Gold at lowest since Jan, investors back away
London, March 22, 2012
Gold hit its lowest level since mid-January on Thursday, influenced by dollar strength, with the market having unwound all of the premium built up on expectations for further US quantitative easing.
Spot gold was down 0.8 percent at $1,635.06 at 1140 GMT. The metal earlier hit a low of $1,631.74 -- its weakest since January 16, extending losses seen when the Federal Reserve upgraded its US economic outlook and fuelled the idea of being done with injecting further liquidity into the system.
US gold futures were down $15.40 at $1,634.90. Spot silver was last at $31.86, down 0.8 percent.
The dollar found its legs as the euro took a hit from unexpected declines in euro zone manufacturing and services activity in March, dented by a sharp fall in French and German factory activity.
A stronger US currency can make dollar-priced gold less attractive to non-US investors. Gold has shed some 3.3 percent this month, cutting its overall gain on the year to 4.6 percent.
"All the people who piled in back in January when the Fed went very public on low interest rates ,...that has all been unwound now," said Simon Weeks, head of precious metals at Scotia Mocatta.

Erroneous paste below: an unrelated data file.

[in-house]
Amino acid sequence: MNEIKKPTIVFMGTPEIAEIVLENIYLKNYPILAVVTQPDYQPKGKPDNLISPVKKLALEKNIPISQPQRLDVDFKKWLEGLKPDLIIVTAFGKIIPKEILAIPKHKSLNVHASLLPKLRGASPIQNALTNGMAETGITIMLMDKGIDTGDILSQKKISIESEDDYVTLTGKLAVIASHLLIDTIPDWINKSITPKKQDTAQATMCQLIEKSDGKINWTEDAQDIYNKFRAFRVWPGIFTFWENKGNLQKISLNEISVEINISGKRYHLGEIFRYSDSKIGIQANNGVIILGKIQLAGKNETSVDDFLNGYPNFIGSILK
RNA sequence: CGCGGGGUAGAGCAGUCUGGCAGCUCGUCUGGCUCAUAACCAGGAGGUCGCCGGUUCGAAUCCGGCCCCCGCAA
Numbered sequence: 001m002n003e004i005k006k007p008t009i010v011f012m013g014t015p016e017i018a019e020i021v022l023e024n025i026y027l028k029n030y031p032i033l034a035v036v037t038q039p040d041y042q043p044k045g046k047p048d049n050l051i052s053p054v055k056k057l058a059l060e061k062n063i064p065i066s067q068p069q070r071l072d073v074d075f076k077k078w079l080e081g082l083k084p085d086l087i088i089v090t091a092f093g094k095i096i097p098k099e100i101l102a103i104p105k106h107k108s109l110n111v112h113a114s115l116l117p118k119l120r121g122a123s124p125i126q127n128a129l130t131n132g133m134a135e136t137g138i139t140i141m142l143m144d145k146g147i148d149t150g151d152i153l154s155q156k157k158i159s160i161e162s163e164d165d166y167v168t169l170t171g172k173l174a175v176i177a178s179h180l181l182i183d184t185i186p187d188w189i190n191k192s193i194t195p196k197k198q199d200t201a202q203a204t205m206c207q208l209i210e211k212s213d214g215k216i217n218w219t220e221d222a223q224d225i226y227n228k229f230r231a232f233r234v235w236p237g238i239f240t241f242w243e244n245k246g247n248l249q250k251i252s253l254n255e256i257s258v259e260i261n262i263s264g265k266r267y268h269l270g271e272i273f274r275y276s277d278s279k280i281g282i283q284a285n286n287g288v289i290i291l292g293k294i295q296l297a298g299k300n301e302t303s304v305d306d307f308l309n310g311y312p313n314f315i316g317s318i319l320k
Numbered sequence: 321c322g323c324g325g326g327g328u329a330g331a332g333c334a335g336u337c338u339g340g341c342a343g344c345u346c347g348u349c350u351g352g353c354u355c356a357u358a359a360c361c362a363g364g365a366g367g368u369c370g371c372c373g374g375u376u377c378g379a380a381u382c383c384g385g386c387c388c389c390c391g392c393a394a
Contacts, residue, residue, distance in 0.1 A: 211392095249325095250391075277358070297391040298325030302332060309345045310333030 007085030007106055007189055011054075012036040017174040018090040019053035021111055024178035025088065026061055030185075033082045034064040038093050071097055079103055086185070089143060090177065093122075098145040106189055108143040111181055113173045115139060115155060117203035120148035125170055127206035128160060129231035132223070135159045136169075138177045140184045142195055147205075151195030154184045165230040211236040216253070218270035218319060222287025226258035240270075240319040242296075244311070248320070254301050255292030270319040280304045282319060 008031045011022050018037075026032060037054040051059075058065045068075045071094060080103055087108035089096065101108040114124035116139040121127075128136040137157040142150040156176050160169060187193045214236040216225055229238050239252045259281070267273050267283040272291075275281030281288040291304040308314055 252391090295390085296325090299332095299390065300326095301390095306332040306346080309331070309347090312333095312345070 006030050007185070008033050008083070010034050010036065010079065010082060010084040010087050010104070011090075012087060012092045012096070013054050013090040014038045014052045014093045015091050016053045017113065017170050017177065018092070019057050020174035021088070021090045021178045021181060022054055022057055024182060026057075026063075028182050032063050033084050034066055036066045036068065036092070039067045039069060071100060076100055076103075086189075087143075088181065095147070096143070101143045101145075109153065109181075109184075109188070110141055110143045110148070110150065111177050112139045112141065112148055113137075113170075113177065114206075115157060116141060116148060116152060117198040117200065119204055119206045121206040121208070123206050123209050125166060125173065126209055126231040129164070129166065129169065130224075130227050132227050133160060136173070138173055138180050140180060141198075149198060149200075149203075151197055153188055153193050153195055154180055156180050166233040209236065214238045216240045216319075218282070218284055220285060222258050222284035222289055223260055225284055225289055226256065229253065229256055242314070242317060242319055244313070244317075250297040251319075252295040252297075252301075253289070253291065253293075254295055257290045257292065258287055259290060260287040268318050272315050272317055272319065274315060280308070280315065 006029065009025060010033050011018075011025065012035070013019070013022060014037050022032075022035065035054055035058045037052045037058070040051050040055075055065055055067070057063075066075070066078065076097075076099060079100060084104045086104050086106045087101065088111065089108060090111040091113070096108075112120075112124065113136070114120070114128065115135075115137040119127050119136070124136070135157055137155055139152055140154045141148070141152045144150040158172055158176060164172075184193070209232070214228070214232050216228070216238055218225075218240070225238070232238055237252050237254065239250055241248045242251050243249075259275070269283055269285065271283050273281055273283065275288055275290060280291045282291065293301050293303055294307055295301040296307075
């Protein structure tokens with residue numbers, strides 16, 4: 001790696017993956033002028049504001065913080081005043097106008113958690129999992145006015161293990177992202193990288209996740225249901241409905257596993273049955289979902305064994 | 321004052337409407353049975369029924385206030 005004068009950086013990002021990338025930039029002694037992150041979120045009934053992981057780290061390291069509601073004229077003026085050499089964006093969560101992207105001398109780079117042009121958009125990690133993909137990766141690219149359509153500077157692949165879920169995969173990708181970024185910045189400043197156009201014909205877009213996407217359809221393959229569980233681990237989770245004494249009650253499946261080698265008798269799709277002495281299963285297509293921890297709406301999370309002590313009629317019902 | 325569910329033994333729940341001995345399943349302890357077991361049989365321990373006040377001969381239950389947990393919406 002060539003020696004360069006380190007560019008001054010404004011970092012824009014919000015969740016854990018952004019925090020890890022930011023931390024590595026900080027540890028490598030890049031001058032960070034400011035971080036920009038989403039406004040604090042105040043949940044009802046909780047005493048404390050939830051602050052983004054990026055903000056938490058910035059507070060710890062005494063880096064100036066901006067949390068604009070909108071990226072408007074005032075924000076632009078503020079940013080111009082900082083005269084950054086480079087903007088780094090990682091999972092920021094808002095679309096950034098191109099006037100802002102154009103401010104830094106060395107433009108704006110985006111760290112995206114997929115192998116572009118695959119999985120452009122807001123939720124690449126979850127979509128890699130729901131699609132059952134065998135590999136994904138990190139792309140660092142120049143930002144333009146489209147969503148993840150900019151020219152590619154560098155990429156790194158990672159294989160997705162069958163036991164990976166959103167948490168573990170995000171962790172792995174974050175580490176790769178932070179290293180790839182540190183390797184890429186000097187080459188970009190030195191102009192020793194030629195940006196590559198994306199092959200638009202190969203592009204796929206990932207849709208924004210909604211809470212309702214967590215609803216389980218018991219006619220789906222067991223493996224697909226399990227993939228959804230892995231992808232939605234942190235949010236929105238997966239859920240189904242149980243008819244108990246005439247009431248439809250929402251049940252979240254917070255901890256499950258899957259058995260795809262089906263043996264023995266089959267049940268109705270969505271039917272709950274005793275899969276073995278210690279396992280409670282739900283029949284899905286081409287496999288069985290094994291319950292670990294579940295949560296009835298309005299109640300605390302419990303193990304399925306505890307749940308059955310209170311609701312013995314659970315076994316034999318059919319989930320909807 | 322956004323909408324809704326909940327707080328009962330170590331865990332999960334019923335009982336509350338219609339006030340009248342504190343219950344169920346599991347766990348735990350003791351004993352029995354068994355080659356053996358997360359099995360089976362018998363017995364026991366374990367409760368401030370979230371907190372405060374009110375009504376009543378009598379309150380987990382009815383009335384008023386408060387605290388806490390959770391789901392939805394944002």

"There probably is more on the downside, but I think we've probably seen the worst of the liquidation. There may be another move toward $1,600 but that's possibly enough for the time being," he added.
Stock markets were also down, with MSCI's main world equity index down 0.4 percent to its lowest in eight days, after hitting its highest level since August earlier in the week.
Asia's physical market was muted, with sparse interest, traders said. Weak Chinese manufacturing activity, showing the overall rate of contraction accelerating and new orders sinking to a four-month low, also fanned concerns about China's retail gold appetite.
"People are concerned about China's economic growth. If growth slows down and inflation eases, people may choose not to buy gold," said a Hong Kong-based gold dealer. "We have been rangebound for a while and people are looking at the possibility of breaking lower rather than higher."
In India, the world's largest gold consumer, jewellers have been closed since the weekend in protest against an import duty hike on bullion. - Reuters